The Dish’s Weekly News Wrap Up – November 22, 2013

This week’s headlines include, FDA approves gene sequencing devices, how Obamacare will impact drug spending, Roche gets EU approval, global spending on drugs, biotech meds filling pharma pipelines, Tecfideva is top potential moneymaker for 2013, and mini-kidney organs created from human stem cells.

Cell Culture Events:

Webinar: The new ReadyToProcess WAVE™ 25 bioreactor system: an expedited journey to accurate and reliable results

To learn more about GE Healthcare’s newest addition to the WAVE bioreactor line – ReadyToProcess WAVE™ 25 bioreactor system, please attend:

Date: Wednesday, 4 December 2013

Time: 09:00 CET / 14:00 CET / 17.00 CET

Speakers: Richard Ferraro, Business Leader WAVE Bioreactor system, GE Healthcare Life Sciences

Join Richard as he discusses the latest developments in the rocking bioreactor technology area. You will be shown data from investigations of how intelligent measurement and control features can easily be operated to save time and to achieve a reliable and predictable process outcome.

To register for the webinar please click – Register

Don’t Miss Vaccines: Formulation Development, Manufacturing and Novel Production Technologies December 4-5th 2013, Sheraton Brussels Hotel, Belgium

Informa’s annual Vaccines: Formulation Development, Manufacturing and Novel Production Technologies introduces an industry-led and scientific-driven agenda providing the latest in vaccine R&D innovation, optimising pre-clinical models, adjuvant and formulation development, novel production platforms, streamlining process development and manufacturing approaches. The 2013 conference provides the ideal mix of big pharma and small biotech to provide a varied and well represented networking opportunity.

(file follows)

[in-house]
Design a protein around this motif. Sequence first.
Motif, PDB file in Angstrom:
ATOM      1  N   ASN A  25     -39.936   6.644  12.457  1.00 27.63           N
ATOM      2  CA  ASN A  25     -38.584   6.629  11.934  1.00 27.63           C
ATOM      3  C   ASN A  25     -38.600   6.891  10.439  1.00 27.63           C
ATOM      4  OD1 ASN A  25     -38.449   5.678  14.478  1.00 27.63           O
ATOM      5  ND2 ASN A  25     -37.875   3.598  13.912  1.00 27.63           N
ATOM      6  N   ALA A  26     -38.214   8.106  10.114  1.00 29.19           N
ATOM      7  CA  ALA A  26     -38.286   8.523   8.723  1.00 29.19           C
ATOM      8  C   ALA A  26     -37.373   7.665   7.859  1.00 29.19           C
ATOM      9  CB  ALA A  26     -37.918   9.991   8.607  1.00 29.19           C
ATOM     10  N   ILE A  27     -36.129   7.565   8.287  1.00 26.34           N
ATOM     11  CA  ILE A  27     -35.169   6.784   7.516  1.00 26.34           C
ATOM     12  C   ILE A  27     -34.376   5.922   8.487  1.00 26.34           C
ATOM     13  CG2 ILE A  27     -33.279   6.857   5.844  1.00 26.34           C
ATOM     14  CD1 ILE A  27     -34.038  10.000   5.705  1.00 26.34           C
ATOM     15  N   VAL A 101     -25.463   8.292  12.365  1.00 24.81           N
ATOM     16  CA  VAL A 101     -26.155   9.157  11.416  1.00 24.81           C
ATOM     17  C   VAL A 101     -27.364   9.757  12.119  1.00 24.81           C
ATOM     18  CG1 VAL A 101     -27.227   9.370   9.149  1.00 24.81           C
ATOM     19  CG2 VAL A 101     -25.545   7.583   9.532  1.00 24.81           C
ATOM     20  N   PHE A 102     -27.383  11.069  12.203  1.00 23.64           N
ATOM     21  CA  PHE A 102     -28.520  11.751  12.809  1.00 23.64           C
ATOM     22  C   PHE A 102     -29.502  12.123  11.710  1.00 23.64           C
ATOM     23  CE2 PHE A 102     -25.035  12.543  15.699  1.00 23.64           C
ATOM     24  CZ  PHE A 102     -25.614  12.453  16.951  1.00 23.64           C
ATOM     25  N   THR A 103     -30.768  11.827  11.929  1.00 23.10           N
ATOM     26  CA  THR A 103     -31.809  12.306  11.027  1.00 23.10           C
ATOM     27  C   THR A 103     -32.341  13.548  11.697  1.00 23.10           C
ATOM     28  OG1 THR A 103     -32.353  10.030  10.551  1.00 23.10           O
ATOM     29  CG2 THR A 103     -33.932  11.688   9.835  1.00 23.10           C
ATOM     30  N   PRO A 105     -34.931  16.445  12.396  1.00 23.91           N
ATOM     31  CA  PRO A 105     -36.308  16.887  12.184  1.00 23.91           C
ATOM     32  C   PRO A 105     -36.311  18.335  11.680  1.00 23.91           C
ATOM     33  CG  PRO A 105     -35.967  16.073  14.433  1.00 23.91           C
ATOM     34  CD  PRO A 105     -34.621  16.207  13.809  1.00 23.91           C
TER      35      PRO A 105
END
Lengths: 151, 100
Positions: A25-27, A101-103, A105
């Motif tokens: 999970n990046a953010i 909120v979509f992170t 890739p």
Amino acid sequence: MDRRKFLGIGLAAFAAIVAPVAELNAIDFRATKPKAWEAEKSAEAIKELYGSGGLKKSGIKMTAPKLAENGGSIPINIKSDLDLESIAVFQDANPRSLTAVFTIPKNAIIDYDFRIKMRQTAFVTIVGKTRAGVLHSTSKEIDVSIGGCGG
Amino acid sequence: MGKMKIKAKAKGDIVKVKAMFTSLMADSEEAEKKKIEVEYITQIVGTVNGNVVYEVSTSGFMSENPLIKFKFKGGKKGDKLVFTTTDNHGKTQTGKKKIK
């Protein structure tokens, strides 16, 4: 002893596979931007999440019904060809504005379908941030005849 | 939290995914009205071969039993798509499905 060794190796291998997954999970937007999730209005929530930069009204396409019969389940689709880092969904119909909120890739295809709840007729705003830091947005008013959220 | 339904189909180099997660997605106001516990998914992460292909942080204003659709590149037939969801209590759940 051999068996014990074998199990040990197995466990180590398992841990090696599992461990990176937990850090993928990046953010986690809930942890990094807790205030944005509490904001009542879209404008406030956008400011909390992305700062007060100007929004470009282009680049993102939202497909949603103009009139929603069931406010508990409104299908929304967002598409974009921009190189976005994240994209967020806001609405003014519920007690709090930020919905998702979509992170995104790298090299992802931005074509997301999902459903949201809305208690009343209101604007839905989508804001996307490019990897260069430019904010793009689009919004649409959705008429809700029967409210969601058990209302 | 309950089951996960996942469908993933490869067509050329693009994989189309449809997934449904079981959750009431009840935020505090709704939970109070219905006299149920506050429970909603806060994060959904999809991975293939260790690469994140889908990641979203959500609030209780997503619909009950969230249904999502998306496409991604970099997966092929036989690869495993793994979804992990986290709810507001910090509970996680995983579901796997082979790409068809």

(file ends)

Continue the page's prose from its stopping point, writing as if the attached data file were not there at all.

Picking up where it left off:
Introduction to Cell Culture –December 10-13, 2013

This 4-day cell culture workshop is designed for those with no or extensive cell culture experience. Topics include an introduction to cell and tissue culture, serum containing and serum-free media, adaptation to serum-free media, cell counting and viability staining, growth curve development, growth of suspension and adherent cells, transfection technologies, cryopreservation methods, cell cloning and primary culture.

Scheduled workshops take place in Baltimore, Maryland. All of our workshops can be conducted at your location if needed. If you have questions or want more specific course content please contact our website, or call us at 410-752-4224.


“Roche Gets EU Approval for Breast Cancer Drug,” The Wall Street Journal

“Roche Holding AG said Wednesday a breast cancer drug it has developed has been approved in Europe, cementing the company’s position in a promising new class of treatments. Basel, Switzerland-based Roche said the European Commission has approved Kadcyla, also known as trastuzumab emtansine or T-DM1, for use in patients with advanced HER2-positive breast cancer. The drug was approved by U.S. regulators in February.”Kadcyla’s EU approval is important because this type of targeted medicine has been shown in clinical studies to offer clear benefits for people with advanced HER2-positive breast cancer,” said Hal Barron, head of Roche’s global product development.”